Our website pages pertaining to Hawaiian Monk Seal facts are updated annually with the most current data provided by the scientists from The Hawaiian Monk Seal Research Program, Pacific Islands Science Center (NOAA Fisheries), in Honolulu, Hawaii.


Hawaiian Monk Seals, (Monachus schauinslandi), are among the most endangered creatures on earth. They are one of only two mammals endemic to Hawai`i, the second being a species of bat. Often referred to as "living fossils", they have remained relatively unchanged for over 15 million years.

The Hawaiian archipelago, stretching from the big island of Hawai`i northwestward past Midway Island, is the primary terrestrial habitat of the Hawaiian Monk Seal (HMS). Approximately 85-90% of them live around the tiny, uninhabited islands and atolls in the upper reaches of the chain. For approximately 40-45 seals, the waters and beaches of Kaua`i are home.Some of these seals regularly swim between islands and others are only seen on Kaua`i.


The adult HMS appears dark grey to brown on its top, or dorsal side, and a lighter grey to a yellowish brown underneath, the ventral side. Healthy adult HMS weigh from 400 to 600+ pounds, and range from 6 to 8 feet in length. Adult females are slightly larger than adult males.

Newborn pups have jet-black fur, which they lose as they approach the weaning period. Thereafter, they assume the dark grey coloring like that of mature seals.


The HMS is the most endangered marine mammal located entirely within U.S. waters. Monk seals rank second overall (after the Northern Right Whale, which ranges beyond US waters). The HMS is the most endangered pinniped in US waters, and second in the world. Among seals and sea lions, only the Mediterranean Monk Seal (monachus monachus) is more endangered. Small numbers of them survive near isolated caves and beaches in the otherwise heavily populated Mediterranean area. Their population is shrinking, with under 500 alive today. The Caribbean Monk Seal (monachus tropicalis), last sighted in 1952, is considered extinct. The total population of remaining Hawaiian Monk Seals is approximately 1,100 - 1,200.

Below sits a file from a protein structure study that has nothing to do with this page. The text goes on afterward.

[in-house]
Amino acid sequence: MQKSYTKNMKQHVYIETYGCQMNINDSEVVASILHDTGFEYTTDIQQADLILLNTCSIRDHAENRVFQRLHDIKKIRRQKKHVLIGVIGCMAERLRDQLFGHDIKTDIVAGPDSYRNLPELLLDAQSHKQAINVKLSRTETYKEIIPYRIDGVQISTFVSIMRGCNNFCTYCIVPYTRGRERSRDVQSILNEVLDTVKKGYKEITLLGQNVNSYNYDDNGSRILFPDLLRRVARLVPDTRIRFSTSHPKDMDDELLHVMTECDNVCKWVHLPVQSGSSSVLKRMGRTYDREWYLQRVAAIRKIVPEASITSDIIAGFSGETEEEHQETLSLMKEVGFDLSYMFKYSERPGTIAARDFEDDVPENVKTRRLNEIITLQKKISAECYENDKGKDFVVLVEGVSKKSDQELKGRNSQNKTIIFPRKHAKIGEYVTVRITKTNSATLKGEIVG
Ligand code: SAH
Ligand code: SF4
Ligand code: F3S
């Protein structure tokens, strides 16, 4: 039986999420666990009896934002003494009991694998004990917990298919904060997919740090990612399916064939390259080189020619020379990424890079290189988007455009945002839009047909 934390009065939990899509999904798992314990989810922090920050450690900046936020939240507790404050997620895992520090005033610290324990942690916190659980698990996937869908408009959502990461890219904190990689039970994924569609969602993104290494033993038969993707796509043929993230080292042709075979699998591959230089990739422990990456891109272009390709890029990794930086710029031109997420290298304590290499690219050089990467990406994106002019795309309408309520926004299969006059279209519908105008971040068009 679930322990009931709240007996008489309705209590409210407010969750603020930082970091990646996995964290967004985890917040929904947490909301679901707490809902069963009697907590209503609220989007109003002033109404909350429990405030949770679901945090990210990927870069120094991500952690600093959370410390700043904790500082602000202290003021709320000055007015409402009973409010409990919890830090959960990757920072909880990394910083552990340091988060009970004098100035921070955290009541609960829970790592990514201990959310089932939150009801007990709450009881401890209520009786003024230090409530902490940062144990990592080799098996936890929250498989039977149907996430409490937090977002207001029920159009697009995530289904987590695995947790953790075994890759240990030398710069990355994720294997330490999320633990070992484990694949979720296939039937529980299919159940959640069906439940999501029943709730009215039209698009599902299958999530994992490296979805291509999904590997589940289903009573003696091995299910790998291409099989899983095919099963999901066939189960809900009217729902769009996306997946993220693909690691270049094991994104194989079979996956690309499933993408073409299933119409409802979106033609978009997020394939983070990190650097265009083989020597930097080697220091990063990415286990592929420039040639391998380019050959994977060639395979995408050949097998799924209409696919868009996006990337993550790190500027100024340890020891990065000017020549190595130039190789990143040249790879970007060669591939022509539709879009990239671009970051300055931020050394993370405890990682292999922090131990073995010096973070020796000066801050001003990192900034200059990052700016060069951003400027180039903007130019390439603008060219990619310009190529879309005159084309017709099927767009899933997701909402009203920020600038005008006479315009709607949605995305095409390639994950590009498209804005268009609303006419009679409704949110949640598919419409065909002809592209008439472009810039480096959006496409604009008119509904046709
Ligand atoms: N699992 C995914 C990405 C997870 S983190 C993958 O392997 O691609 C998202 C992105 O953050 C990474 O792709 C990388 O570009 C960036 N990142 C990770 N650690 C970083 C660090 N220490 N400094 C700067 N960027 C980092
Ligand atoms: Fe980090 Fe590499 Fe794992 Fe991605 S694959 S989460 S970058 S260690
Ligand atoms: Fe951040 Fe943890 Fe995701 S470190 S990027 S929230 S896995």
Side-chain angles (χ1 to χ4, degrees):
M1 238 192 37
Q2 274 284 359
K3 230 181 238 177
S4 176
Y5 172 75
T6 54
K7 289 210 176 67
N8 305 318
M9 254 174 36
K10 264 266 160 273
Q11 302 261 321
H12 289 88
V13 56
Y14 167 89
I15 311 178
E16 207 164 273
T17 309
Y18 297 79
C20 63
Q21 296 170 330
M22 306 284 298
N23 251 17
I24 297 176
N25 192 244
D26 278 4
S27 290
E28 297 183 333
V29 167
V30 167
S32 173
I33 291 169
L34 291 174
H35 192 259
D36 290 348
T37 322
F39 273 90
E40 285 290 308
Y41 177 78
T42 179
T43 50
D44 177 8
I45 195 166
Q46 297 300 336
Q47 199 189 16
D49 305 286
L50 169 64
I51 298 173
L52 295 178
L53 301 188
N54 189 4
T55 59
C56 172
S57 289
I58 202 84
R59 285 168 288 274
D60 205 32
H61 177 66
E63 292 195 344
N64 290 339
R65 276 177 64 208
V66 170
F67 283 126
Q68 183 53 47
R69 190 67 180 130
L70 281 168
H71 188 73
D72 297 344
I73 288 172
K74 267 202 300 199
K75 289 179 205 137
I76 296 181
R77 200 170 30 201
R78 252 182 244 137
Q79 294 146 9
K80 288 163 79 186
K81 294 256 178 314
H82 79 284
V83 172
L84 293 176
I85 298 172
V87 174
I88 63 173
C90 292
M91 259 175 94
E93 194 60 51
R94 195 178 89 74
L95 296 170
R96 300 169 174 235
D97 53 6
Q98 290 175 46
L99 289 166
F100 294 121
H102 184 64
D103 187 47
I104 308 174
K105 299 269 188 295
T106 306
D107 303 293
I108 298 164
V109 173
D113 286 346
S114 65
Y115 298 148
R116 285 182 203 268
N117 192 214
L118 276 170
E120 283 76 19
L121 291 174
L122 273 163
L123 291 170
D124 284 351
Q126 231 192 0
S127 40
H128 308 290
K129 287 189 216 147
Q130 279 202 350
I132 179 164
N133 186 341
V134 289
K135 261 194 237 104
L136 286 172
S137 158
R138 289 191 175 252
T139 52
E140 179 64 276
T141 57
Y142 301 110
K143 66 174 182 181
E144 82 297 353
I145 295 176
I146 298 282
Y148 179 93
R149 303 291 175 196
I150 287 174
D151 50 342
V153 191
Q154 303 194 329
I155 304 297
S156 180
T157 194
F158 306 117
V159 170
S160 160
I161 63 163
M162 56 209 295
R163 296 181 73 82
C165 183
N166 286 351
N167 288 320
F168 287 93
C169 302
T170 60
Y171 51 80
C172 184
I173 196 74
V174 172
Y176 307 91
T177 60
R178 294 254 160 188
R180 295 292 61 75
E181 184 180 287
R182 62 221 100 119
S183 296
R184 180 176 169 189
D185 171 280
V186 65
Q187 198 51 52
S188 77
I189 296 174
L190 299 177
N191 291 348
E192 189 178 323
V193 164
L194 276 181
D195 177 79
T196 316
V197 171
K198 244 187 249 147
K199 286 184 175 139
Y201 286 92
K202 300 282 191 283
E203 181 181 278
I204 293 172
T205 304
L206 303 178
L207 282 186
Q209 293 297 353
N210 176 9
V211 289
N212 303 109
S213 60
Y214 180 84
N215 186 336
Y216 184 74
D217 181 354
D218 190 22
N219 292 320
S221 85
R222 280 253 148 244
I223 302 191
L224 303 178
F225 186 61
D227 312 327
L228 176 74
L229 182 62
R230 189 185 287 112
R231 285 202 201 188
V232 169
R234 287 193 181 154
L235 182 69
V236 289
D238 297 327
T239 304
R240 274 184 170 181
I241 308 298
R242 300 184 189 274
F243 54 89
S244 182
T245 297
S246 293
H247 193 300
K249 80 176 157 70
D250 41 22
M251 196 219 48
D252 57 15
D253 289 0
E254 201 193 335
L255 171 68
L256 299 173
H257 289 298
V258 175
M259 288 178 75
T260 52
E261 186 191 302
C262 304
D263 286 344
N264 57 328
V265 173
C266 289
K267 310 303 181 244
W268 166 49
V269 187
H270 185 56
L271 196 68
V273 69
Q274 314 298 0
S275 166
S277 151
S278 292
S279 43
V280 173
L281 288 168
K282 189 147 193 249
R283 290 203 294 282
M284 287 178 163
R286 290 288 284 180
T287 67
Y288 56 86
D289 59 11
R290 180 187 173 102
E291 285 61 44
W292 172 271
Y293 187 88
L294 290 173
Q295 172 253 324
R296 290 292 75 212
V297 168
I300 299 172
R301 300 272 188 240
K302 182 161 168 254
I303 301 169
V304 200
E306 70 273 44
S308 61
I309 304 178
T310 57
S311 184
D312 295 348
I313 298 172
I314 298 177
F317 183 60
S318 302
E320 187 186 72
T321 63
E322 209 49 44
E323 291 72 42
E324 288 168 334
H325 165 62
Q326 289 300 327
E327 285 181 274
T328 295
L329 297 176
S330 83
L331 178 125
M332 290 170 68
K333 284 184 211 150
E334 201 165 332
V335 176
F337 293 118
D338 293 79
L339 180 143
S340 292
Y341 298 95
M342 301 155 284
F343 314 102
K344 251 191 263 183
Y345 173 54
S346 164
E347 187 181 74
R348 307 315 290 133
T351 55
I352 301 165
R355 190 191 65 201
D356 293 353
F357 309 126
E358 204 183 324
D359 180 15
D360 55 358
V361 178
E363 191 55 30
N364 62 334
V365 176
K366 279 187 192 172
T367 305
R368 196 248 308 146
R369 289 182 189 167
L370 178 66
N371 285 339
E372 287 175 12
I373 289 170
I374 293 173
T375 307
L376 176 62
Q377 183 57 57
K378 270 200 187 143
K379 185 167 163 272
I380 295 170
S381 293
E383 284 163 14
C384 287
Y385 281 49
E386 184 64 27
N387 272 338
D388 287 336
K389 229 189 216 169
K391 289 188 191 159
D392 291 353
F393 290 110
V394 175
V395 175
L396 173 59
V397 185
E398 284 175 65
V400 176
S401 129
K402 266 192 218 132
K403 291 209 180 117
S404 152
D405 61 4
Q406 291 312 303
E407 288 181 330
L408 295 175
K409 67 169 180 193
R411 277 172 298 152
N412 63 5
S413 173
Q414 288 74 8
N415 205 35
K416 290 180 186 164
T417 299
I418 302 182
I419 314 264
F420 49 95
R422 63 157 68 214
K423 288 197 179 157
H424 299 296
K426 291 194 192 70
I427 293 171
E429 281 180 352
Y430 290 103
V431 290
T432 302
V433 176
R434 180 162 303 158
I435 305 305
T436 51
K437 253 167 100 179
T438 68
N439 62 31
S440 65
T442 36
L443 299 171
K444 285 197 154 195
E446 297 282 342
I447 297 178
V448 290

During the 19th and early 20th centuries, sealers, shipwrecked crews, feather hunters and guano diggers killed or so disturbed Hawaiian Monk Seals that their numbers greatly diminished. From 1912 until the beginning of World War II, HMS were spared from human activity over most of their range and the population may have recovered somewhat. However, military activity during and after World War II disturbed the seals once again. By the mid-1970s, beach counts indicated that there were less than half the number of Hawaiian Monk Seals than were counted in 1957 and 1958.